'A Peculiar Love': John Wesley on Intra-Church Relationships

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In his classic sermon Catholic Spirit, John Wesley boldly argues for Christian unity at a time of bitter Church divide in Britain. He and his movement faced questions from his own Anglican Church, which also fomented discord with both Roman Catholics and various kinds of Protestant dissenters. Given the environment, Wesley’s sermon is a remarkable call for Christian unity when – not unlike our own time – many would dismiss such an effort as at best wishful thinking or, at worst, a pernicious call to work alongside heretics.  “But it is sure,” he argues, “there is a peculiar love which we owe to those that love God.”  While Wesley’s sentiment might have been unique in his context, it was not a new idea. Two millennia ago St. Paul urged the church in Galatia, riven by false teachers, to care especially for each other:

“So then, whenever we have an opportunity, let us work for the good of all, and especially for those of the family of faith.” (Galatians 6:10, NRSV)

Often times this “peculiar love” for our fellow members of the “family of faith” is hard to spot.  True friends stab each other in the front, it is said, and often times it seems the baptized have an affinity for tearing each other down.

A hackneyed but still deeply true joke goes like so:

Once I saw this guy on a bridge about to jump. I said, “Don’t do it!”

He said, “Nobody loves me.” I said, “God loves you. Do you believe in God?”

He said, “Yes.” I said, “Are you a Christian or a Jew?”

He said, “A Christian.” I said, “Me too! Protestant or Catholic?”

He said, “Protestant.” I said, “Me too! What denomination?”

He said, “Baptist.” I said, “Me too! Northern Baptist or Southern Baptist?”

He said, “Northern Baptist.” I said, “Me too! Northern Conservative Baptist or Northern Liberal Baptist?”

He said, “Northern Conservative Baptist.” I said, “Me too! Northern Conservative Baptist Great Lakes Region or Northern Conservative Baptist Eastern Region?”

He said, “Northern Conservative Baptist Great Lakes Region.” I said, “Me too!”

“Northern Conservative Baptist Great Lakes Region Council of 1879 or Northern Conservative Baptist Great Lakes Region Council of 1912?”

He said, “Northern Conservative Baptist Great Lakes Region Council of 1912?”  I said, “Die heretic!” And I pushed him over.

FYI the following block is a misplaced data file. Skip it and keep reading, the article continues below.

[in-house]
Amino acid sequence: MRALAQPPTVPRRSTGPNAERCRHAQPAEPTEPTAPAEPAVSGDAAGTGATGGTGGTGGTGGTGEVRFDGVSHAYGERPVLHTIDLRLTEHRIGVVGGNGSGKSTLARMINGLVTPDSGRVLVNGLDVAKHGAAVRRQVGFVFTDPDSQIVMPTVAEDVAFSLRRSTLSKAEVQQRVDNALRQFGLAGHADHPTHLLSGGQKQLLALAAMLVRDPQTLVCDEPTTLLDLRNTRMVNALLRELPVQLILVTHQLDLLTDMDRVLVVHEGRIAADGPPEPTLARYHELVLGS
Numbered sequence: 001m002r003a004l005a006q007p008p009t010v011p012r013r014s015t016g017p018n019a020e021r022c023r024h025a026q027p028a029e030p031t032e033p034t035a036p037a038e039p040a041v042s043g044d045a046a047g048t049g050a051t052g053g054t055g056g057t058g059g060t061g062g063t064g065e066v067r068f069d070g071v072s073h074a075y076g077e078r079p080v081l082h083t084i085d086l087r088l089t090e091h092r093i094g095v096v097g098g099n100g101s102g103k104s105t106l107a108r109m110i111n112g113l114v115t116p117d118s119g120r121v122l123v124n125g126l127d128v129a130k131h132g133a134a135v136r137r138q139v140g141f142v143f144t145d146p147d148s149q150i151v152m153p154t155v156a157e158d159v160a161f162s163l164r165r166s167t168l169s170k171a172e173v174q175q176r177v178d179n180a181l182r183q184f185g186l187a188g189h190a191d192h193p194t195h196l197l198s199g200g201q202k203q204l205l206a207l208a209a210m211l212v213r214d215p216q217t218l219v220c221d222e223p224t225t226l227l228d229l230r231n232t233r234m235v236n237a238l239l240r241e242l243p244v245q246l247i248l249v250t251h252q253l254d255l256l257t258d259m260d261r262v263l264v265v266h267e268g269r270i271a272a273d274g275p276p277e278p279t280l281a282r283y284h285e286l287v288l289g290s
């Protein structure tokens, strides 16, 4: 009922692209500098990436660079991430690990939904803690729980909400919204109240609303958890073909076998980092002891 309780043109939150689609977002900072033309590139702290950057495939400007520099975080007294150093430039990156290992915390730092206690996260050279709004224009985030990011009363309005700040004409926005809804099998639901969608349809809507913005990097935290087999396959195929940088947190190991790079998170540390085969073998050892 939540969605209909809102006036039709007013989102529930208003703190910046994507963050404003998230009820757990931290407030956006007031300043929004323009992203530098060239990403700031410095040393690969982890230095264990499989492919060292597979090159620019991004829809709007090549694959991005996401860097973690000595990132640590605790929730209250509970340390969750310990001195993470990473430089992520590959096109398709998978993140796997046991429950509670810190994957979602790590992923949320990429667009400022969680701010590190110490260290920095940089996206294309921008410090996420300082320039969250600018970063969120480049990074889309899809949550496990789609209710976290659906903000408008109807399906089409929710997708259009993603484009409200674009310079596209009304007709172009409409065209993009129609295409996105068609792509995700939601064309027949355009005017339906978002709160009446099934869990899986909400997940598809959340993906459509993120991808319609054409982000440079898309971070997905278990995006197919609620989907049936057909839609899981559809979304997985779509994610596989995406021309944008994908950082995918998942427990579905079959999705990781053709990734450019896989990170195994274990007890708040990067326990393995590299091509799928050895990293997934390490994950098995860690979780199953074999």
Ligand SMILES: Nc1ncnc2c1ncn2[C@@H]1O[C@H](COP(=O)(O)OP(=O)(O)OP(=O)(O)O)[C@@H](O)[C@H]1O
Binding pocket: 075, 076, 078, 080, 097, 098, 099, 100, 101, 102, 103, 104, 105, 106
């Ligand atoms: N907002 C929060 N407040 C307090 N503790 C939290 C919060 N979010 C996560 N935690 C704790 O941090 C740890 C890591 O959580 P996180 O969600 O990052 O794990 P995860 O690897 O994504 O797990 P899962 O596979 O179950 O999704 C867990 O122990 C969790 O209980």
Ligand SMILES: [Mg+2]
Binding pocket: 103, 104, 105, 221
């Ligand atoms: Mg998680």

In the United Methodist Church, we often mirror that rather silly exchange.  We are willing to throw each other over the edge over a variety of litmus-test issues, regardless of how much we have in common: our worship of the Triune God, our need for grace through Jesus, the the pursuit of personal and social holiness through the sanctifying work of the Spirit, not to speak of Charles Wesley’s hymnody (envied by many outside of the UMC) or our Arminian theology which posits grace available to all.  I still love the UMC, warts and all, and yet often I wonder why it seems we tend to devour one another with so much glee.  I am not proud to say I have sometimes taken part in such festivities.

Wesley was not being optimistic in Catholic Spirit; he was taking the radical position that Christians should act like Christians toward one other.

“Though we cannot think alike, may we not love alike? May we not be of one heart, though we are not of one opinion? Without all doubt, we may.”

One of the stated goals for this project is to be the change we wish to see. Our conversation has thus far been fruitful, and I am excited to see it continue and expand. Can Oregon and Georgia, Texas and California, Upper New York and the Central Conferences recover a particularly Christian love for one another?

We can. We must. To do any less is to be satisfied with something other than God’s intention for God’s people. A God of love and unity is best served and best witnessed to by a people who embody that love and unity among themselves. We may not all be of one opinion, but we may yet rediscover that peculiar love that is both the calling of and a gift to the Church.

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